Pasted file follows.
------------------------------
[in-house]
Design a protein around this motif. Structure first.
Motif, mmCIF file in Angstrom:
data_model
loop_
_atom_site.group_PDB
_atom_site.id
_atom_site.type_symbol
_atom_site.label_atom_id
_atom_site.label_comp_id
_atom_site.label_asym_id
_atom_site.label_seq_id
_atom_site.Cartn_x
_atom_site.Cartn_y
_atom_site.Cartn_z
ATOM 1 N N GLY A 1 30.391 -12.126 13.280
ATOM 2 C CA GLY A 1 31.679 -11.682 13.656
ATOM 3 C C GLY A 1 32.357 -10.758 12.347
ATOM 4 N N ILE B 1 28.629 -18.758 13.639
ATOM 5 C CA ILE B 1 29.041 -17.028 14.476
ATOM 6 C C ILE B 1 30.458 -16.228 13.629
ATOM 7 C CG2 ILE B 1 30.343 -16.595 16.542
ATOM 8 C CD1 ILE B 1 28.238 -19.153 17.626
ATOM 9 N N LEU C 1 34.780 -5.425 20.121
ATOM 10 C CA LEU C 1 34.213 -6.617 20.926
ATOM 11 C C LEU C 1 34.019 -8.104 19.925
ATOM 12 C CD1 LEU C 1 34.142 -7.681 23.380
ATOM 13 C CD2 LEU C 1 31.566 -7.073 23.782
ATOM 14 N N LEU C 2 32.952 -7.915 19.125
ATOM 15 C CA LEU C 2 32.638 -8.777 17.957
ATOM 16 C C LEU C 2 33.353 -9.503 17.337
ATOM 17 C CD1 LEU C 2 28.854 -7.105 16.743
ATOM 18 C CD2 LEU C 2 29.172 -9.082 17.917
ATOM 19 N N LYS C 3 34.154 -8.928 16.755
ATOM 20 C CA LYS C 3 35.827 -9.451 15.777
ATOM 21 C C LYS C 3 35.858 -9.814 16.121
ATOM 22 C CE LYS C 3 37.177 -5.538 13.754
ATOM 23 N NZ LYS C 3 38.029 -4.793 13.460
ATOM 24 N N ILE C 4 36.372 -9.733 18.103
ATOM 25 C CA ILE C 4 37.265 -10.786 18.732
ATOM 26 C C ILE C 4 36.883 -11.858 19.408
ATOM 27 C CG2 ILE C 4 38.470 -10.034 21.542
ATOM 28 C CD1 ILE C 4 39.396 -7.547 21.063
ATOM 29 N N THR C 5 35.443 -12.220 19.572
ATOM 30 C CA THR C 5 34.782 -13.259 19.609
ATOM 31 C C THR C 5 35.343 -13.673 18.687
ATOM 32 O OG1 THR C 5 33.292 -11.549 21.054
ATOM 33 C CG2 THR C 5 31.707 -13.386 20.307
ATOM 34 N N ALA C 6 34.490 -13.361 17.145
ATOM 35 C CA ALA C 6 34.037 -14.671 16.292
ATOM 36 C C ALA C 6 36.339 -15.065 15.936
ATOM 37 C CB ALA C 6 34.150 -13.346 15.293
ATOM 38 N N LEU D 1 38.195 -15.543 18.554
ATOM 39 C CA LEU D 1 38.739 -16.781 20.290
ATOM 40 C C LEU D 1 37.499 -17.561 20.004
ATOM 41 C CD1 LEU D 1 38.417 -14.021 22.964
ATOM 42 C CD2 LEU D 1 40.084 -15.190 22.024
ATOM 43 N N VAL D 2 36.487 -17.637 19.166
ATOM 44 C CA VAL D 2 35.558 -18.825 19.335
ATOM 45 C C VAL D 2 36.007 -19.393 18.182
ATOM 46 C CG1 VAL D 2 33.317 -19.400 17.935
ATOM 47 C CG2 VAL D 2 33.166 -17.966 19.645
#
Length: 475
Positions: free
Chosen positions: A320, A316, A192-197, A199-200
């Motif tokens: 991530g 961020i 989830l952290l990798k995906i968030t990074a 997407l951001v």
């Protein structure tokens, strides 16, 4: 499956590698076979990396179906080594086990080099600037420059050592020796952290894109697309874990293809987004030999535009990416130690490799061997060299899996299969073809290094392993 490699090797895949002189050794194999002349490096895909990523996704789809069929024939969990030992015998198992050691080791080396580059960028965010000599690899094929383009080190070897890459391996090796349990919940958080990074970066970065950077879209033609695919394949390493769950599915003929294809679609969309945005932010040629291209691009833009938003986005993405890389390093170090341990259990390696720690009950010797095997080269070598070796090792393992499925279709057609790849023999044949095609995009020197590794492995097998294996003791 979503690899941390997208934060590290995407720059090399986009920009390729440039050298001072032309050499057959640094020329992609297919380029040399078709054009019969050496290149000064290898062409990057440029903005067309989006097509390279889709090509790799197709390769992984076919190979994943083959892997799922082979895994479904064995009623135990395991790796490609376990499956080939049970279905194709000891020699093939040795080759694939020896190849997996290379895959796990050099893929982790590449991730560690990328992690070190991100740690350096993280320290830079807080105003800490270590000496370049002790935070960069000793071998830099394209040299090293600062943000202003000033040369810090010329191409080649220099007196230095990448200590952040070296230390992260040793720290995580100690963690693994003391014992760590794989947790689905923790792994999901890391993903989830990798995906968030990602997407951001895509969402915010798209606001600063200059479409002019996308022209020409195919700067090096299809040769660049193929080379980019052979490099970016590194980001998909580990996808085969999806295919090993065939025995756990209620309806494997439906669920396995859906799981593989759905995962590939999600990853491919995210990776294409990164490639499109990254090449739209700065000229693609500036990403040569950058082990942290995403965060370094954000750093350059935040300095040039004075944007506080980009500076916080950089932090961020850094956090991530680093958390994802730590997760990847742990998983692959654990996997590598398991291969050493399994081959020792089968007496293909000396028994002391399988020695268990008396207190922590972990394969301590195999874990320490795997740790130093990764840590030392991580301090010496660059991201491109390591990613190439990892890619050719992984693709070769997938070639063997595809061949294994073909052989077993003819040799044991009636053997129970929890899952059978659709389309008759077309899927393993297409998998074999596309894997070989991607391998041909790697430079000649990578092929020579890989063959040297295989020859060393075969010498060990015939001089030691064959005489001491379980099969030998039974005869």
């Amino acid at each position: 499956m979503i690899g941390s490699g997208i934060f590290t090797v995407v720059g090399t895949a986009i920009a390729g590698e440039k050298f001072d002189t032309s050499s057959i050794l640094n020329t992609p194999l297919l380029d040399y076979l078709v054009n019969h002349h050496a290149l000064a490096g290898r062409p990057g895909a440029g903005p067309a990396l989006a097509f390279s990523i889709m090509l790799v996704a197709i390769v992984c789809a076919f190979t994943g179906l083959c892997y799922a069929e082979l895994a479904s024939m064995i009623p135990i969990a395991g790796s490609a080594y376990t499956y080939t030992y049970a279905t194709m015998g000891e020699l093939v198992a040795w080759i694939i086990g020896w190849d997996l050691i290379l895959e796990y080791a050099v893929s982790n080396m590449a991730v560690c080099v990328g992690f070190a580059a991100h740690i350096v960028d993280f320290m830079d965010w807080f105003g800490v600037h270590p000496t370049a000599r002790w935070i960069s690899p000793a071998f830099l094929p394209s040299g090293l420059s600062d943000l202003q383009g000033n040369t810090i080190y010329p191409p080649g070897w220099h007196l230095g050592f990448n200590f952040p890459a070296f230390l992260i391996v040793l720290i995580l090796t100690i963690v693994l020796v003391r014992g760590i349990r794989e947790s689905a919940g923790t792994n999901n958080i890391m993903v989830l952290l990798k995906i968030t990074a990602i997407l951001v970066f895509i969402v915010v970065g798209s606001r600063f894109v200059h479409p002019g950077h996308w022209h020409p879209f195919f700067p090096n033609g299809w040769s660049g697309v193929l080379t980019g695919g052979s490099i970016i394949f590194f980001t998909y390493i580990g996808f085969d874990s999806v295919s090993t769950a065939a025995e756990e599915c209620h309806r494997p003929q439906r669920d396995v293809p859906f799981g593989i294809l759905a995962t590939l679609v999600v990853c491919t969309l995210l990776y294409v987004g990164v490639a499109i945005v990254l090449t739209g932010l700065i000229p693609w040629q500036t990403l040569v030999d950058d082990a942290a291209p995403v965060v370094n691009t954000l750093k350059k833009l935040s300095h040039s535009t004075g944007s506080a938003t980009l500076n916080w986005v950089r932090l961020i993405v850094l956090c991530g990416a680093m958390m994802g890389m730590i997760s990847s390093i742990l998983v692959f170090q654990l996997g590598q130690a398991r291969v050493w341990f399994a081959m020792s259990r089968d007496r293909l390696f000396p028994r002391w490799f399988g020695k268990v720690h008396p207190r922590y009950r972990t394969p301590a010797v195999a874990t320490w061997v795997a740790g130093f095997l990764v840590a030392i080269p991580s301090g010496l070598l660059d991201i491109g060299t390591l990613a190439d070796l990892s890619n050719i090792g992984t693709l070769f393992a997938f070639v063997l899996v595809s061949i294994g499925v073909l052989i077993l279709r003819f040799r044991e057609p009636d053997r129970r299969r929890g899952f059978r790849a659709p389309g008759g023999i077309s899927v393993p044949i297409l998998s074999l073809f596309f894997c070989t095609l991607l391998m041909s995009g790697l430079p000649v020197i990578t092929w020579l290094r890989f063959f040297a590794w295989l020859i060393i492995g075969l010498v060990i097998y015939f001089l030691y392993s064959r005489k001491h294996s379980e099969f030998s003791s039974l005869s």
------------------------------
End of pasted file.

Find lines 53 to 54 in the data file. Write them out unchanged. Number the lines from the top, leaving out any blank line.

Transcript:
ATOM 38 N N LEU D 1 38.195 -15.543 18.554
ATOM 39 C CA LEU D 1 38.739 -16.781 20.290